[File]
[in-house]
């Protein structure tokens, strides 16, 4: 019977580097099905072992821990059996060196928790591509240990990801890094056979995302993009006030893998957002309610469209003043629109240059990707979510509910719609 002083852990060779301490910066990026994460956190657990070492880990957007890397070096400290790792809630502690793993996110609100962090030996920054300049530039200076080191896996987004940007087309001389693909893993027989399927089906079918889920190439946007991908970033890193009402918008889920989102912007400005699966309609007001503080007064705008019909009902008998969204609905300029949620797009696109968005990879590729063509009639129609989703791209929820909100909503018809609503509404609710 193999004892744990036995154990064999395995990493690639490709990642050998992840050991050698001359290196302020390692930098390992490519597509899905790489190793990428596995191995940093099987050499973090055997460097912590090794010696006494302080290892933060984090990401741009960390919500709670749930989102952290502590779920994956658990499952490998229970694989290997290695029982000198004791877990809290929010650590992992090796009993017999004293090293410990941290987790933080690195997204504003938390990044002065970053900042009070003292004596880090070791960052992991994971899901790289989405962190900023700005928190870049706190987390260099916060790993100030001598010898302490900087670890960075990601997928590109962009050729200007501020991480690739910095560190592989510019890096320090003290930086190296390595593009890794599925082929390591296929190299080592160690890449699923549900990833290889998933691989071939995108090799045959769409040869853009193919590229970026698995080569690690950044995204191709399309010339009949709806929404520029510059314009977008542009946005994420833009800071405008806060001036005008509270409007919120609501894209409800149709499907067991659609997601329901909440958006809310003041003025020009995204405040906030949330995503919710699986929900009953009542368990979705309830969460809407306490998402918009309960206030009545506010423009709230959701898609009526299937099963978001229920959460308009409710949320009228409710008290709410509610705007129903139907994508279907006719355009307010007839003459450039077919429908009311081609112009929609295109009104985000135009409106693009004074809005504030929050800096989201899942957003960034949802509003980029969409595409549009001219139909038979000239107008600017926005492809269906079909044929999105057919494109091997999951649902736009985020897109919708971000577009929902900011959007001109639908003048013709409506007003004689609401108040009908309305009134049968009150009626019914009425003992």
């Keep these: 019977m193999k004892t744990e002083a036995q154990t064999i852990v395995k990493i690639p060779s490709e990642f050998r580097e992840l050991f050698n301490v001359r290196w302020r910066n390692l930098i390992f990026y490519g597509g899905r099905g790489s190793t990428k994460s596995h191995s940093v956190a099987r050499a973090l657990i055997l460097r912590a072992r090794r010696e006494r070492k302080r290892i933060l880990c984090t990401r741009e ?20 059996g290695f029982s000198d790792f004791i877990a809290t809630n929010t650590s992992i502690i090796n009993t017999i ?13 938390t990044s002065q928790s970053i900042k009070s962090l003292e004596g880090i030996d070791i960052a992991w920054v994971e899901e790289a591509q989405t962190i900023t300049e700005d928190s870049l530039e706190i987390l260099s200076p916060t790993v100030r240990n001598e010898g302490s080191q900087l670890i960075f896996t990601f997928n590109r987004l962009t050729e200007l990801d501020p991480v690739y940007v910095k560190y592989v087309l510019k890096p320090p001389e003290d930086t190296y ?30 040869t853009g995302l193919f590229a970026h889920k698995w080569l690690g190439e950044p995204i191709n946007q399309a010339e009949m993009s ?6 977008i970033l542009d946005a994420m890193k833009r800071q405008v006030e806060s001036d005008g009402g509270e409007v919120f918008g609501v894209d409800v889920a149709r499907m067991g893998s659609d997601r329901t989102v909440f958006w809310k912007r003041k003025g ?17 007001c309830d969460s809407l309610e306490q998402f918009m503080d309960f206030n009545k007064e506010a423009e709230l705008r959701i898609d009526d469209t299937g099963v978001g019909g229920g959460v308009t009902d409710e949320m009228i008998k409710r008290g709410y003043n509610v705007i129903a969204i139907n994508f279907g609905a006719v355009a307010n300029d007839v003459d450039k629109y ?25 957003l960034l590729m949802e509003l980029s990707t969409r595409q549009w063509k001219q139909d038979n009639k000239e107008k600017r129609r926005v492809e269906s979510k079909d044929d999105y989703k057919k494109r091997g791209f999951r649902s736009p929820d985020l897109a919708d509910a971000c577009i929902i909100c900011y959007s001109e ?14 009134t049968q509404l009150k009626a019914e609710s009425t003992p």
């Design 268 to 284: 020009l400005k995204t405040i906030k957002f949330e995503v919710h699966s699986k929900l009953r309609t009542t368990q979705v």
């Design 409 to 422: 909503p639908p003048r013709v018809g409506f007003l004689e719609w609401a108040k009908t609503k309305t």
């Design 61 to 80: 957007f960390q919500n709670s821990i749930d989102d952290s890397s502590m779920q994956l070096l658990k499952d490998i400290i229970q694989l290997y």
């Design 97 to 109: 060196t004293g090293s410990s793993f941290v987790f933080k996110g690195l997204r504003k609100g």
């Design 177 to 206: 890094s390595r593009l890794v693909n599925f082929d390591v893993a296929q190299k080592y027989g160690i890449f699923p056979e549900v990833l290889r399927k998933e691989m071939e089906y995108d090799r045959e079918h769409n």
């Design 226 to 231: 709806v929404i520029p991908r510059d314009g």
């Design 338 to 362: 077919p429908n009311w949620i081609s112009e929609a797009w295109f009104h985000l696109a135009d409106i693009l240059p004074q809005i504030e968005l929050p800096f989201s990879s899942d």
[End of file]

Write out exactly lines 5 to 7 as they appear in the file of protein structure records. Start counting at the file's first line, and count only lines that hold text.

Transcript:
């Design 409 to 422: 909503p639908p003048r013709v018809g409506f007003l004689e719609w609401a108040k009908t609503k309305t």
């Design 61 to 80: 957007f960390q919500n709670s821990i749930d989102d952290s890397s502590m779920q994956l070096l658990k499952d490998i400290i229970q694989l290997y």
């Design 97 to 109: 060196t004293g090293s410990s793993f941290v987790f933080k996110g690195l997204r504003k609100g």